Over the past few weeks, we have heard and read stories about MRSA outbreaks occurring in both professional athletes as well as on the high school and collegiate levels. Just a few weeks ago, we wrote about the Buccaneers‘ kicker Lawrence Tynes and offensive guard, Carl Nicks both being treated for this incredibly resistant superbug. There was a college student from LIU who was being treated for MRSA earlier this month and we’ve also heard of outbreaks among high school football players in two different states. Yet we don’t intend to incite panic of any kind: in reality, it’s quite the opposite.
We know by now that it’s not all that shocking to hear MRSA and football players or football players and MRSA outbreaks in the same sentence. After all, MRSA outbreaks are far more common in high contact sports. We see this in other contact sports as well including hockey, wrestling and lacrosse. MRSA feeds on cuts and wounds and sports like football, hockey and wrestling breed them. It’s a perfect match, but it doesn’t have to be a destined match. The truth is that it’s far more likely that these types of MRSA outbreaks or MRSA football outbreaks are related to the general hygiene regimens of the players. This is in no way insinuating that football players are not hygienic people, as that’s obviously ridiculous. However, the nature of their sport allows very little opportunity to maintain consistent cleanliness or consistent disinfecting practices. Football practices, scrimmages and games are long and filled with sweat, dirt and blood.
There is really good news however, and infectious skin diseases like MRSA and Staph can be very effectively prevented by simply getting into the habit of some good time saving and health improving habits. Since it’s football season, if every football player practiced the these techniques, the risk of MRSA outbreaks in football would be considerably less. So in essence, it’s not like MRSA is hanging around the locker room and field waiting viciously to attack everyone and everything it sees, but if it there is a perfect opportunity with a football player who already has an exposed wound or injury, but doesn’t immediately or properly care for it, the chances that it can find a host are considerably higher.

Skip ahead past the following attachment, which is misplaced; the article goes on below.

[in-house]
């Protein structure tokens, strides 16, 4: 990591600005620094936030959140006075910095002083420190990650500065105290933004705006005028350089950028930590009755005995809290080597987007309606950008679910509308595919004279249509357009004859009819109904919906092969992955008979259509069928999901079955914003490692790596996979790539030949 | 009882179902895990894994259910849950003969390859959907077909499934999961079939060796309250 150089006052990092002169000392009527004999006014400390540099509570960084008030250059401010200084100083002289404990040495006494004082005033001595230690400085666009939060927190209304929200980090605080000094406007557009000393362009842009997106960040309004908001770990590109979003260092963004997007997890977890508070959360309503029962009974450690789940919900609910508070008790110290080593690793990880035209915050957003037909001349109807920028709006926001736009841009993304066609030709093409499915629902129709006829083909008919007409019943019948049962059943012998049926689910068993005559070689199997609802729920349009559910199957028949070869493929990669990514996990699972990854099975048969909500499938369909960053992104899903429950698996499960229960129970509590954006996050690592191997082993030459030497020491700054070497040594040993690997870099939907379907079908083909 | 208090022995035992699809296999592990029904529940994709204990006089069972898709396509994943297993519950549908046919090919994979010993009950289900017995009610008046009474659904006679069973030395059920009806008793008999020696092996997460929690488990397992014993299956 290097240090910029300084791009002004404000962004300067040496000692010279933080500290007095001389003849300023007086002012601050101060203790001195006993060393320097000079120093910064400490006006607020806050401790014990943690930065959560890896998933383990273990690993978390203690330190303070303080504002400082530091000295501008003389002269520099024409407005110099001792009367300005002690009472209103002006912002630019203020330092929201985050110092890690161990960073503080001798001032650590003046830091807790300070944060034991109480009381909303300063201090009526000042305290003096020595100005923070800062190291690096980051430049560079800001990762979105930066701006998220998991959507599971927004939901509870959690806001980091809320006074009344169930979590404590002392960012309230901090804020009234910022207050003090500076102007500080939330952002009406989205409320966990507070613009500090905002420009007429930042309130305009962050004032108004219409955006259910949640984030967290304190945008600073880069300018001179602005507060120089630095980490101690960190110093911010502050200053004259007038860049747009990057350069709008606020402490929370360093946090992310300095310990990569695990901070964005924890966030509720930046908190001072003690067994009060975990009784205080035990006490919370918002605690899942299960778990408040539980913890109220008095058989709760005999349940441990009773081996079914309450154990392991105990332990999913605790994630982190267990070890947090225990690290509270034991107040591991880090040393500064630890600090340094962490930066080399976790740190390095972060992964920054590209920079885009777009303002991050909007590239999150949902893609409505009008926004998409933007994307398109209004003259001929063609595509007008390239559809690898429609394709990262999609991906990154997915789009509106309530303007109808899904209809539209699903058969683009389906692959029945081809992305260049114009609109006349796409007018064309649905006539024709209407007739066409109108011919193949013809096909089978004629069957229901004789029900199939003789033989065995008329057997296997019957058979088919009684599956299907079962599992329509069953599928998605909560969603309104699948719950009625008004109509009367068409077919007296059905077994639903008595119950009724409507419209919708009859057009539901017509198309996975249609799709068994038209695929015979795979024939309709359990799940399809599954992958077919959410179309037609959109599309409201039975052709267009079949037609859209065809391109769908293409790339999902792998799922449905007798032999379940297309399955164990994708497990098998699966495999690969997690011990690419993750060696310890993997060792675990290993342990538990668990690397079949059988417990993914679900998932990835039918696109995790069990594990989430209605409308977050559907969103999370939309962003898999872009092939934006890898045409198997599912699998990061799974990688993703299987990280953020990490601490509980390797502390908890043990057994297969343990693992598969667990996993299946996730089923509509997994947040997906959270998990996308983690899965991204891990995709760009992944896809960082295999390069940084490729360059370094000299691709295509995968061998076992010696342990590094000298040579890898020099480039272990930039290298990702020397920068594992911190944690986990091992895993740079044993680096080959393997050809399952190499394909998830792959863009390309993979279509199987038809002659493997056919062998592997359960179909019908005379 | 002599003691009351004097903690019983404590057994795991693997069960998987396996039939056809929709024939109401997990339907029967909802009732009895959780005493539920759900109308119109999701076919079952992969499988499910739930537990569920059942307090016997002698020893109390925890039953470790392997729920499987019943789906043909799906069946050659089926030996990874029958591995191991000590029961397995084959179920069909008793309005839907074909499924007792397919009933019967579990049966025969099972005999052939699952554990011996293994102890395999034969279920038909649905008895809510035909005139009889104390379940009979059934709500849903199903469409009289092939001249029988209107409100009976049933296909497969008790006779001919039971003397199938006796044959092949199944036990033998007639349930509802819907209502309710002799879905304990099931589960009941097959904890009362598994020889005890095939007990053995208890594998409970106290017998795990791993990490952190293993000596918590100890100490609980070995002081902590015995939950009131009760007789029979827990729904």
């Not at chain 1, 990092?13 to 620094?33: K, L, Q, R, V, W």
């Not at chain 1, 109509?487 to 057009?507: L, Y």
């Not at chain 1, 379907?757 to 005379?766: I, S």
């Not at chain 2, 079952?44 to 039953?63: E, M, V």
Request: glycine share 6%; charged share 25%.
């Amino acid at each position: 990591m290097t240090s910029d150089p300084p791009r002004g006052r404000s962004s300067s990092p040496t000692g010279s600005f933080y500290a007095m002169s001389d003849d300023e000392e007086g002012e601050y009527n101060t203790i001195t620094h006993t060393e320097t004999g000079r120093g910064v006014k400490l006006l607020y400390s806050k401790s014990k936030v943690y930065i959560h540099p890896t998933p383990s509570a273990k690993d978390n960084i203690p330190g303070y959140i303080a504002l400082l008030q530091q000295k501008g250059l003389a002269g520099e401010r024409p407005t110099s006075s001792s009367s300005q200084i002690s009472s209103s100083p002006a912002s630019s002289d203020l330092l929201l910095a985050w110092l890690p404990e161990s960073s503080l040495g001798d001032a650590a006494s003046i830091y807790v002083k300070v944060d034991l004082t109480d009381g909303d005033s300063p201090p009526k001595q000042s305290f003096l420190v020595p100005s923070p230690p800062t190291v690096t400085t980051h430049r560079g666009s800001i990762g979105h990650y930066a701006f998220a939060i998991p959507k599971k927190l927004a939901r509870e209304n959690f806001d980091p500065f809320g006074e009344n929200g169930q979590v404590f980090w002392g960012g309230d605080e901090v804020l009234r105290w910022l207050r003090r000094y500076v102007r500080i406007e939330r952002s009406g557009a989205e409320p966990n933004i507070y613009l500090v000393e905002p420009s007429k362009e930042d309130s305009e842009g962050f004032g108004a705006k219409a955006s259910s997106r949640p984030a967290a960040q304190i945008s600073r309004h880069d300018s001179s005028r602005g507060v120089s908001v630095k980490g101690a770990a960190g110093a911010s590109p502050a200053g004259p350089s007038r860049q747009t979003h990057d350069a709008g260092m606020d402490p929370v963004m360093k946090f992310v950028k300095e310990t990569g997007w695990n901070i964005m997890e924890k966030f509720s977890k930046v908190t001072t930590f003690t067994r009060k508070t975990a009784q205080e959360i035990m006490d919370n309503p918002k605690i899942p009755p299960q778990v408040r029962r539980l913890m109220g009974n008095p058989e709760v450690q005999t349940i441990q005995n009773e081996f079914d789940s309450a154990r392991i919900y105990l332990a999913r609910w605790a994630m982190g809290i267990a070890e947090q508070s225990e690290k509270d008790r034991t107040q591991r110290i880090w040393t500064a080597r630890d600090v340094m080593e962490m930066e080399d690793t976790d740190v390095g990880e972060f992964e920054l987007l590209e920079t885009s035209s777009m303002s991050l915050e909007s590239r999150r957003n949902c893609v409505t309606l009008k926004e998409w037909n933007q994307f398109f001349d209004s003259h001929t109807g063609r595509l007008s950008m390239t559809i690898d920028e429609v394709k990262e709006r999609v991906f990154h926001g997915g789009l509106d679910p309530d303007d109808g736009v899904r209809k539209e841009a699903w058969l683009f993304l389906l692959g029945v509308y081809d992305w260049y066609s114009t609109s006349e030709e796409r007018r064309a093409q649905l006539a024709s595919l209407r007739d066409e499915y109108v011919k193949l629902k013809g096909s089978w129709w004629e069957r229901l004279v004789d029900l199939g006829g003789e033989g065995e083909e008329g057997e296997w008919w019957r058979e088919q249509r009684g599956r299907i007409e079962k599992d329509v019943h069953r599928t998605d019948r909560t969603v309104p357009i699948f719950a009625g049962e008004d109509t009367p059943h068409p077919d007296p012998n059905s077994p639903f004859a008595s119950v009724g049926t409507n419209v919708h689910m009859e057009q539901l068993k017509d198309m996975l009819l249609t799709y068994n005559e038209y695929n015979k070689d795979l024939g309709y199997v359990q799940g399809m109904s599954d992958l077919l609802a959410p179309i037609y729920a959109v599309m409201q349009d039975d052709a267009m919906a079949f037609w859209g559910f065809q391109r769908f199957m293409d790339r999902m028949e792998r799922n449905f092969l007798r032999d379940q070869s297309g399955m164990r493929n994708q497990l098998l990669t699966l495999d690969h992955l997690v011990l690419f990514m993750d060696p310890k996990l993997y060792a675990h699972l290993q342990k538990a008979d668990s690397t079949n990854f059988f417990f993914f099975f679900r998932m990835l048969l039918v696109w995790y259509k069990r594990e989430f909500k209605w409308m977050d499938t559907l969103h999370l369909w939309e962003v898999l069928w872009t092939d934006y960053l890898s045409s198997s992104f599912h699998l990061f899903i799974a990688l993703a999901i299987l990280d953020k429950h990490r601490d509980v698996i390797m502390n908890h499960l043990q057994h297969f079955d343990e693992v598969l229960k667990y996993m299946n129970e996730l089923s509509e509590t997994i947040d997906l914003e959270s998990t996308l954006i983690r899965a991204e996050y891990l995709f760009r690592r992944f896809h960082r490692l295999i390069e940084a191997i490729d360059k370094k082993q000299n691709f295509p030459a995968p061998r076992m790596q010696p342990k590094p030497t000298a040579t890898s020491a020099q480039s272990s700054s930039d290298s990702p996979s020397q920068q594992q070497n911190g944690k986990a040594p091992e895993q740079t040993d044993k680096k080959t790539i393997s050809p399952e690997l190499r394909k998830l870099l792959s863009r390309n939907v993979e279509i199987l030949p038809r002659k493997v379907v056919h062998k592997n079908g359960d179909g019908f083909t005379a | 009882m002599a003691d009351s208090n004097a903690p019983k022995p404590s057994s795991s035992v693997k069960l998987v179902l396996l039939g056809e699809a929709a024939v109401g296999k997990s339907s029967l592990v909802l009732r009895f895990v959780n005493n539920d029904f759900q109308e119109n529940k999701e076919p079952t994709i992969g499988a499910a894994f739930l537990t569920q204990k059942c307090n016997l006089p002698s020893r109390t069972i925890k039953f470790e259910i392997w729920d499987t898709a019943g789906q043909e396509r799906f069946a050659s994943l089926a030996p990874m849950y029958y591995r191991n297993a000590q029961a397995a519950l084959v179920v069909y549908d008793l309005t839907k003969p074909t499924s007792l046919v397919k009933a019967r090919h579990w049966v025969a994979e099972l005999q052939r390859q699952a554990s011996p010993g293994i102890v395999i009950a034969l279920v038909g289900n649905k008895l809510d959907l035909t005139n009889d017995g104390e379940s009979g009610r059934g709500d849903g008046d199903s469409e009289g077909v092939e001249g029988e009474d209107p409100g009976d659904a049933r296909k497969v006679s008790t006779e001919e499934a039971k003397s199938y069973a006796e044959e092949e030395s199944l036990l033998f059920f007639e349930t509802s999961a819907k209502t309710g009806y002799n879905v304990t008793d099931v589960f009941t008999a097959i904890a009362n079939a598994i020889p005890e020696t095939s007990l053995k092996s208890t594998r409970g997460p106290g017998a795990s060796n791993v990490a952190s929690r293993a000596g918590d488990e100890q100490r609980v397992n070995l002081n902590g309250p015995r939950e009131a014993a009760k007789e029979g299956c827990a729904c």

Below are some tips to help keep both MRSA outbreaks in schools and well as football MRSA outbreaks at bay:
- Shower immediately after practice or games
- NEVER share football pads, football helmets, cleats or uniforms: even if you think they are clean or clean enough as dirty football helmets, dirty football pads and dirty football uniforms are almost a given
- Try to soak football equipment in Clear Gear Disinfectant Sports Spray before washing to kill invisible germs, viruses and bacteria
- Wash hands frequently and get in the habit of “fist bumping” rather than shaking hands with other players
- Always live by the assumption that it probably needs to be cleaned before wearing or touching. This should go for hands, shoes, socks, football gear and football equipment
- NEVER touch another player’s injury, cut or wound. This can save both of you the risk of contracting something nasty
- Use Clear Gear Disinfectant Sports Spray on your football clothing and gear: even a cautionary spray after washing can ease the mind
With nearly 23,000 people dying from drug resistant bacteria every year, it never hurts to be cautious. As we always say, prevention is always the best medicine.